Wynton Marsalis on MLK speech 50th Anniversary: We must walk together
CBS News cultural correspondent Wynton Marsalis shares his deeply personal commentary on race relations and our progress on social issues across the U.S., 50 years after Martin Luther King Jr.‘s “I Have a Dream” speech and the March on Washington.
50th Anniversary of the March
50 years ago 250,000 Americans gathered on the mall of the Nation’s capital to peacefully request social and economic equality for our most oppressed group of citizens: the American Negro. It was the largest demonstration for social change the nation had ever seen.
More than 25 people from all walks of life spoke, played and sang that day, in an impressive tapestry of national leadership mobilized for jobs and freedom, and for redemption of the national soul.
The convener of the March, 74 year old A. Philip Randolph, spoke first. Dr. Martin Luther King Jr., 34, the charismatic focal point of the Civil Rights Movement, spoke last. Dr. King advocated for freedom through moral and legal justice. Mr. Randolph championed freedom through a structured Jobs program.
Dr. King’s oration was, upon delivery, a recognized masterpiece. His passionate refrain made the success of Civil Rights legislation seem inevitable. Over time, these words have become so well known that the March itself is reduced to one man’s dream. In fact, it was much much more. That day, everybody had a dream.
Mr. RANDOLPH ….. “this civil rights revolution is not confined to the Negro, nor is it confined to civil rights for our white allies know that they cannot be free while we are not.”
And RABBI JOACHIM PRINZ, President of the American Jewish Congress, reiterated the point, “all of America must speak up, and act….. not for the sake of the Negro [or]…. of a black community, but for the sake of….. the dream, the idea, and the aspiration of America itself.”
MR. WALTER REUTHER, President of the A.F.L.-C.I.O. said, “I am also for civil rights because I believe that freedom is an indivisible value; that no one can be free unto himself.”
SOME of the speakers had very practical ideas.
MR. RANDOLPH- “And we know that we have no future in a society in which 6 million black and white people are unemployed and millions more live in poverty.
MR. REUTHER — “And so our slogan has got to be, “Fair employment, but fair employment within the framework of full employment, so that every American can have a job.”
And many were optimistic.
WHITNEY YOUNG, Executive Director of the National Urban League, observed, “Our march is a march for America. It is a march just begun.”
MR. REUTHER, “This rally is not the end, it’s the beginning. It’s the beginning of a great moral crusade to arouse America to the unfinished work of American democracy”
MR. RANDOLPH, “The March on Washington is not the climax of our struggle, but a new beginning not only for the Negro, but for all Americans who thirst for freedom and a better life.”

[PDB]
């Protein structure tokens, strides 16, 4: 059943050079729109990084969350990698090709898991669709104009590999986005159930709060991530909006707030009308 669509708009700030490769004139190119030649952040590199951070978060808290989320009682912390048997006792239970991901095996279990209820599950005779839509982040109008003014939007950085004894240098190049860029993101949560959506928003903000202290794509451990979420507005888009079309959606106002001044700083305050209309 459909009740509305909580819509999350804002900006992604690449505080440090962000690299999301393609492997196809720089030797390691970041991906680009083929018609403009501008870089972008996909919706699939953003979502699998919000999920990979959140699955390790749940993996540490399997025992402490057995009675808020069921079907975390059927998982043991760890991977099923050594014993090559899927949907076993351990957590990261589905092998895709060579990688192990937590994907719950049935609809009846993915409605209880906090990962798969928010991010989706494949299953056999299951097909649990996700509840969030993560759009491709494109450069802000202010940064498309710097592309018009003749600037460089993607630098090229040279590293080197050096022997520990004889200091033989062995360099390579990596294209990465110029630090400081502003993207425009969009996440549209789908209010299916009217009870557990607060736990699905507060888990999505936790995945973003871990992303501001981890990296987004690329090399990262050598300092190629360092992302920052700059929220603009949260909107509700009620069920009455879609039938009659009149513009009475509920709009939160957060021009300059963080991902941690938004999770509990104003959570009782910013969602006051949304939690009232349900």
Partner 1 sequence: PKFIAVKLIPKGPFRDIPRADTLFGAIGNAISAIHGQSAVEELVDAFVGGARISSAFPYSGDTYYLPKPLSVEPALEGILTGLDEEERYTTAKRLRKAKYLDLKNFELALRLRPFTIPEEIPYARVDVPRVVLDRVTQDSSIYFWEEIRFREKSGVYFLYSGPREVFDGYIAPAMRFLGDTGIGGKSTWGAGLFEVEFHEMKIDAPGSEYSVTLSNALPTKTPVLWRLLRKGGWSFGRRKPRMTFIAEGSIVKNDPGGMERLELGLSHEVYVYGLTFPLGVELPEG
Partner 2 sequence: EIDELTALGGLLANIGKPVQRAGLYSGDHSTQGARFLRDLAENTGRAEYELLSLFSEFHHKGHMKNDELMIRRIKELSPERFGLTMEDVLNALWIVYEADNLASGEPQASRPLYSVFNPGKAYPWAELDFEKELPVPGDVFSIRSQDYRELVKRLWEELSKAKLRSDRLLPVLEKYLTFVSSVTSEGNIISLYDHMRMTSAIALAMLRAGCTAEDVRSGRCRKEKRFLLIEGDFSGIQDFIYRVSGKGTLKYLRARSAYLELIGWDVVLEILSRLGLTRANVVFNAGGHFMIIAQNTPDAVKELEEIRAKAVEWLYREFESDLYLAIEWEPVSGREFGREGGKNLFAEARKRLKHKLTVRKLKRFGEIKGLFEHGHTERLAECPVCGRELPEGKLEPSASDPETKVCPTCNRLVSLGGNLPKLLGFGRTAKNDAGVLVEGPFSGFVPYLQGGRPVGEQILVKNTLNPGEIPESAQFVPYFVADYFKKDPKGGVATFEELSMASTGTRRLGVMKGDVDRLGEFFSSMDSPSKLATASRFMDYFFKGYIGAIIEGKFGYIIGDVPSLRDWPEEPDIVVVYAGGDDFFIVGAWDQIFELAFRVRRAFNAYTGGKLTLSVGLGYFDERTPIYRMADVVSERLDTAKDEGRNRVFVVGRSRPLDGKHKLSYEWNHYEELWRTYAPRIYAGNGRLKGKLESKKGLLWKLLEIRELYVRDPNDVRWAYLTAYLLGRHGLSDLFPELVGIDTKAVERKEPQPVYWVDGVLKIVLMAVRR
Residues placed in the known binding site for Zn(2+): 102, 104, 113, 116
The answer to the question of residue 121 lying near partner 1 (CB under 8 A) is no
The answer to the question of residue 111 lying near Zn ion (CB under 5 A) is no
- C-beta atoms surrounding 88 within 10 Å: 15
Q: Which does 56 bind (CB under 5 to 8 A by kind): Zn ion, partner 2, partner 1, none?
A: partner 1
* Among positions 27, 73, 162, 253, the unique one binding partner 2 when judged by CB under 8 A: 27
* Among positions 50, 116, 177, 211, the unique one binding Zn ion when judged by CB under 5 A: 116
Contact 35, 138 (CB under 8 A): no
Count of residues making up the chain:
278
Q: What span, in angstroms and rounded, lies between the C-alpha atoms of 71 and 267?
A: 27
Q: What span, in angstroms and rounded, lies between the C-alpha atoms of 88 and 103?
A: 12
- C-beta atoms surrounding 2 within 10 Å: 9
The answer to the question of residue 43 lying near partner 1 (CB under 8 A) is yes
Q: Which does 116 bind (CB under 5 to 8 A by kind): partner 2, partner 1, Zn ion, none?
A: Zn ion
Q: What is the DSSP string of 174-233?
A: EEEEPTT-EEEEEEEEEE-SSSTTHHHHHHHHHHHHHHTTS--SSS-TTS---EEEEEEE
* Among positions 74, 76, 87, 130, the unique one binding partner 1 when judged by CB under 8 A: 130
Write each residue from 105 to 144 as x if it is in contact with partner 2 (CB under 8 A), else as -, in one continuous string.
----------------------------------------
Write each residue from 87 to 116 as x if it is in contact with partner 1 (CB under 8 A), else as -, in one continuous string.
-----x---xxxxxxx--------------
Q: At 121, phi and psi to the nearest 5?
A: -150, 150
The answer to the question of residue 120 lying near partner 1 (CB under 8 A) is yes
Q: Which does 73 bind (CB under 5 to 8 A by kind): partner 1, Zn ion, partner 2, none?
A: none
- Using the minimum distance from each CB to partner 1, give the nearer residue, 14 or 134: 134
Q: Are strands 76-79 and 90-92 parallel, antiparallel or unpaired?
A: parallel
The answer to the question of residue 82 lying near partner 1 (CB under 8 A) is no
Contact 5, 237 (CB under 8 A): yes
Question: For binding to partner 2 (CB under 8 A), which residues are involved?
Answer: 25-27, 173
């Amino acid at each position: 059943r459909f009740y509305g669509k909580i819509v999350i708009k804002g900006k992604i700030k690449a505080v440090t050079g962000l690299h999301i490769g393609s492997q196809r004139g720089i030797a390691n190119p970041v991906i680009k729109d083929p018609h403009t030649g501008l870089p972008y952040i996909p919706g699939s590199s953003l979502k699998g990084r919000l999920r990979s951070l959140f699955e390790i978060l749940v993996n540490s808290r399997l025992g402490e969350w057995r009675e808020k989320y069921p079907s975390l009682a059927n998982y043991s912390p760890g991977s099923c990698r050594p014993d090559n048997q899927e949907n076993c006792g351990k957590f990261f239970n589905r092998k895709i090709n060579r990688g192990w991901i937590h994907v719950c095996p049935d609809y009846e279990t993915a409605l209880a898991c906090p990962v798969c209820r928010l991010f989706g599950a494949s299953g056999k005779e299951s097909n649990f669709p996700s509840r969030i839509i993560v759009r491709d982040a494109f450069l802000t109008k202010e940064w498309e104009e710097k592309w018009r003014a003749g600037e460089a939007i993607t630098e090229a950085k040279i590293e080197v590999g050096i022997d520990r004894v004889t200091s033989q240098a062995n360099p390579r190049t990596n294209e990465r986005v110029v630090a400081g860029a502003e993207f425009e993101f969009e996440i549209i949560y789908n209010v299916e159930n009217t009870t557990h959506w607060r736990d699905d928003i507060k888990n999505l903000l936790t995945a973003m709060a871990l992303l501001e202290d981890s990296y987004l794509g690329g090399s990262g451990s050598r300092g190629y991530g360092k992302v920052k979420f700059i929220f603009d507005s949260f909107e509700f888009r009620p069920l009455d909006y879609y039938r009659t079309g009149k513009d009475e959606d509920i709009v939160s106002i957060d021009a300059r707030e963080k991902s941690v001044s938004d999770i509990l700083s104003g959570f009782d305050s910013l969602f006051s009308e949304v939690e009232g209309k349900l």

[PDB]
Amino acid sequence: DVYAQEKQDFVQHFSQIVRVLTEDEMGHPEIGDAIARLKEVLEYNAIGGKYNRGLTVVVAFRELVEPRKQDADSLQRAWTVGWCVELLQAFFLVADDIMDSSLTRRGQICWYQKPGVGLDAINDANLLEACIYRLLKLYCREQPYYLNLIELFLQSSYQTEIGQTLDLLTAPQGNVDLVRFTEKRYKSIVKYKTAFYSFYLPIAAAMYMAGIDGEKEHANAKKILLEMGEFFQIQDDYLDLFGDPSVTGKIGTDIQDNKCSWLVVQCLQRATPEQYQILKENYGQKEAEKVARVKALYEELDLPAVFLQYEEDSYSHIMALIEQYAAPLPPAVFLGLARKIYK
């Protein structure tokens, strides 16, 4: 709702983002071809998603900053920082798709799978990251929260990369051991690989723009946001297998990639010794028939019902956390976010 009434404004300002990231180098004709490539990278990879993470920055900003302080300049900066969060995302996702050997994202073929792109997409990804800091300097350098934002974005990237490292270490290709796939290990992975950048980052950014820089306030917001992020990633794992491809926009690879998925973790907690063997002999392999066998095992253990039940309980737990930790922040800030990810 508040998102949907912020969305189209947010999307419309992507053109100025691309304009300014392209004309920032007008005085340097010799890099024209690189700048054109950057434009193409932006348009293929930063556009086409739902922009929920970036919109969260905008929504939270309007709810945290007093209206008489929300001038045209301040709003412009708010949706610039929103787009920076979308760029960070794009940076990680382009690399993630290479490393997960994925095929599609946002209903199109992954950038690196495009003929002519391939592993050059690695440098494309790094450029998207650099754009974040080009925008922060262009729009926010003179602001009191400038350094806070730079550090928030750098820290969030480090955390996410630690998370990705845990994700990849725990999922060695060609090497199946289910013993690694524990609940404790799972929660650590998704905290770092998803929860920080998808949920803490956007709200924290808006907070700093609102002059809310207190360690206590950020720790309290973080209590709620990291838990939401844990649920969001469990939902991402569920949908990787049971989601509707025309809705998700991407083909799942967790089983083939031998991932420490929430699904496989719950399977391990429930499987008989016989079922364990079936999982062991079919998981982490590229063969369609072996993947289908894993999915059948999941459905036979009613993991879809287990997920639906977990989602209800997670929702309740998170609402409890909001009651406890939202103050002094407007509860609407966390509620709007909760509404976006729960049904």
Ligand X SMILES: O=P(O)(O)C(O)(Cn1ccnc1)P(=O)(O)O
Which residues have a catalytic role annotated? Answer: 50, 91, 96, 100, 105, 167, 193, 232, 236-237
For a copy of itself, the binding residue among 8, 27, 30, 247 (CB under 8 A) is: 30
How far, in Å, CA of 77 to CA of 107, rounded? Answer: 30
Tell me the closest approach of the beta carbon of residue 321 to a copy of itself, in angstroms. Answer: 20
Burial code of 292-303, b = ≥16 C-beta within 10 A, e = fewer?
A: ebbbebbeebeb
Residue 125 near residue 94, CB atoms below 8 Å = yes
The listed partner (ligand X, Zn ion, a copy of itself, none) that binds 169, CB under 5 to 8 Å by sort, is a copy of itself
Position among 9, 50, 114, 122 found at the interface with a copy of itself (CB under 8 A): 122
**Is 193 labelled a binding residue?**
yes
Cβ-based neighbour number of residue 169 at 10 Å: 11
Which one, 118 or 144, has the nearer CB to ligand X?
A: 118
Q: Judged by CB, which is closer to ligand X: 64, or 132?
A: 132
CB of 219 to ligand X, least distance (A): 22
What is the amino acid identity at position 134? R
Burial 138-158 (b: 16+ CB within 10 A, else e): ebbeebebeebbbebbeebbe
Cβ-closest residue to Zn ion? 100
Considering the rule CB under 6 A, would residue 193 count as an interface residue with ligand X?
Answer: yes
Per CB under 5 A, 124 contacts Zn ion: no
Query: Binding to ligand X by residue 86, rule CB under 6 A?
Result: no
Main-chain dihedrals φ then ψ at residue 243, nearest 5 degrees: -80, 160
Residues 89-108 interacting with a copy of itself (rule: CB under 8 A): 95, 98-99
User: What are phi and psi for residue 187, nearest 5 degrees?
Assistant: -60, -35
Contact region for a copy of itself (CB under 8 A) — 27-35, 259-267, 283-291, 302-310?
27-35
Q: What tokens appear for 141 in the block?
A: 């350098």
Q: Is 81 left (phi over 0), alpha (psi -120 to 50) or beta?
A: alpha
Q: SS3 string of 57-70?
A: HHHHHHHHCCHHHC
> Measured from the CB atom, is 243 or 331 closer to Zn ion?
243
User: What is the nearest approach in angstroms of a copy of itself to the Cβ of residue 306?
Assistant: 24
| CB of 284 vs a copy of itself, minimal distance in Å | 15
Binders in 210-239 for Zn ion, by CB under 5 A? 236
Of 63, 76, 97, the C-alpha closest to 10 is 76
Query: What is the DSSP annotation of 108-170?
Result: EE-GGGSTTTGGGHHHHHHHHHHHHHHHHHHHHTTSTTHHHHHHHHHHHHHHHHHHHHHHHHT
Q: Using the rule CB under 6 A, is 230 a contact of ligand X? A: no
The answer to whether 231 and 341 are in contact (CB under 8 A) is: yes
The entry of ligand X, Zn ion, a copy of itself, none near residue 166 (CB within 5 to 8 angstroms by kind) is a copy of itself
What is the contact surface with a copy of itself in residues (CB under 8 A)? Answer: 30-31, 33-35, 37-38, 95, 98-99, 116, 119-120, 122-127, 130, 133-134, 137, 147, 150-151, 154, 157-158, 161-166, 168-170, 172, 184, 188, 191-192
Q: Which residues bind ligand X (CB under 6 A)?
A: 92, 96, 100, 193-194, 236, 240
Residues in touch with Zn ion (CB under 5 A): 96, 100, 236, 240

And it WAS the START of a more inclusive America. Dr. King’s case for freedom carried the day, but Mr. Randolph’s petition for jobs, largely forgotten, deserves a closer look. Yes, the March inspired a moral victory with broad social implications, but it provided no directives for tangible economic parity. And with the passage of time, a moral force without concrete works, dies on the vine.
How many of us today know that it was called the March on Washington for JOBS and freedom. I didn’t. And it is now clear that poor and working class Americans need to be an integral part of our economic system. This necessity transcends race. Race is a matter of physiology, discrimination is a matter of culture. And culture shapes public perception which influences political action.
Somewhere in the mid 1970’s, I began to notice black and white artists stereotyping black people as criminals, pimps and drug dealers and gradually adding more and more misogyny and violence in movies, videos and recording after recording. The constant glorification and reselling of this debauched imagery has corrupted both black’s and white’s understanding of Black America. Unfortunately, THAT shapes current public opinion much more than the memory of Dr. King’s dream.
This narrative of black pathology is a justification for every injustice against black folks be it job discrimination, everyday black neighborhood crime, or biased verdicts across the entire spectrum of our legal system. In a democracy, the minority loses. How can I be a minority in my own country?, a nation with an egalitarian credo.
Following the success of Civil Rights Legislation, many black folks erroneously thought that the election of mayors with their same skin color would lead to an increasing economic prosperity. Even the electing of a non-white President was misconstrued as the culmination of the Civil Rights Movement. Let’s examine the unemployment, incarceration and education statistics for the black and white poor. These sobering facts compel us to act on the collective dream expressed 50 years ago. A sustainable victory for equality and employment will not come through a prophet, a president, or even the law. It must be the will and actions of the people, all the people, all the time.
DR.KING ended the March triumphantly. His ‘I Have a Dream’ refrain is rightfully known by all, but my favorite phrase drives home a profound human fundamental enacted by everyone in attendance that day: “WE CANNOT WALK ALONE.”
When we walk together, we are an infinite resource and can create unimagined possibilities. Separate, we are opposing tribes fighting over what we mistakenly perceive as ‘never enough’. Today is the perfect day to begin harvesting the endless promise in our way of life. Let’s walk together to claim our inheritance. It was earned 50 years ago on the mall of our nation’s capital, by a mosaic of high-minded leaders and 250,000 engaged activists. It’s out here for us.